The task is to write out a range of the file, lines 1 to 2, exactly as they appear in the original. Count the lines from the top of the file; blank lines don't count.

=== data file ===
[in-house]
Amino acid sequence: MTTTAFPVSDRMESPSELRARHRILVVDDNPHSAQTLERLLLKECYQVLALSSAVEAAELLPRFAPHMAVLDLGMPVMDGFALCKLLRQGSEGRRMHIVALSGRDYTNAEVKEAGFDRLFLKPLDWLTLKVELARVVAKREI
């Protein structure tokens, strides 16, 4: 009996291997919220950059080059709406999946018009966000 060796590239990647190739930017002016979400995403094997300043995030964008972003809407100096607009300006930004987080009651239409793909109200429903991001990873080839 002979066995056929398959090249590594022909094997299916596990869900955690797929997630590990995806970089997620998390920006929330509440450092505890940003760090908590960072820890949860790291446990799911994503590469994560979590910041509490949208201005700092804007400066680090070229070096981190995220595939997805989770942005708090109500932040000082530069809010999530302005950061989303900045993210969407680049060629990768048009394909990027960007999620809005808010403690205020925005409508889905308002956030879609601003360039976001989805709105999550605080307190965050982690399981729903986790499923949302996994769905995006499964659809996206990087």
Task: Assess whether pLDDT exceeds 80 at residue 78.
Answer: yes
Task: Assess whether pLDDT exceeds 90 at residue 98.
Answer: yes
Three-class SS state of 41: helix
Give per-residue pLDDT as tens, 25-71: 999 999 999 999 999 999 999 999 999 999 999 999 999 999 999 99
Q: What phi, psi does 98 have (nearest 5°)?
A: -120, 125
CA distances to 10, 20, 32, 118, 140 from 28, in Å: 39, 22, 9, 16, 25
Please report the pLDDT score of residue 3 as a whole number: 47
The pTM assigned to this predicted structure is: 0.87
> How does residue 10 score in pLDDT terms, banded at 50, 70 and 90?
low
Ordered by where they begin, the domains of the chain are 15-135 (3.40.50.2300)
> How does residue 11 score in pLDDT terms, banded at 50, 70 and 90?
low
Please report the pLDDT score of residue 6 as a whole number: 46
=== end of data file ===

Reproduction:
[in-house]
Amino acid sequence: MTTTAFPVSDRMESPSELRARHRILVVDDNPHSAQTLERLLLKECYQVLALSSAVEAAELLPRFAPHMAVLDLGMPVMDGFALCKLLRQGSEGRRMHIVALSGRDYTNAEVKEAGFDRLFLKPLDWLTLKVELARVVAKREI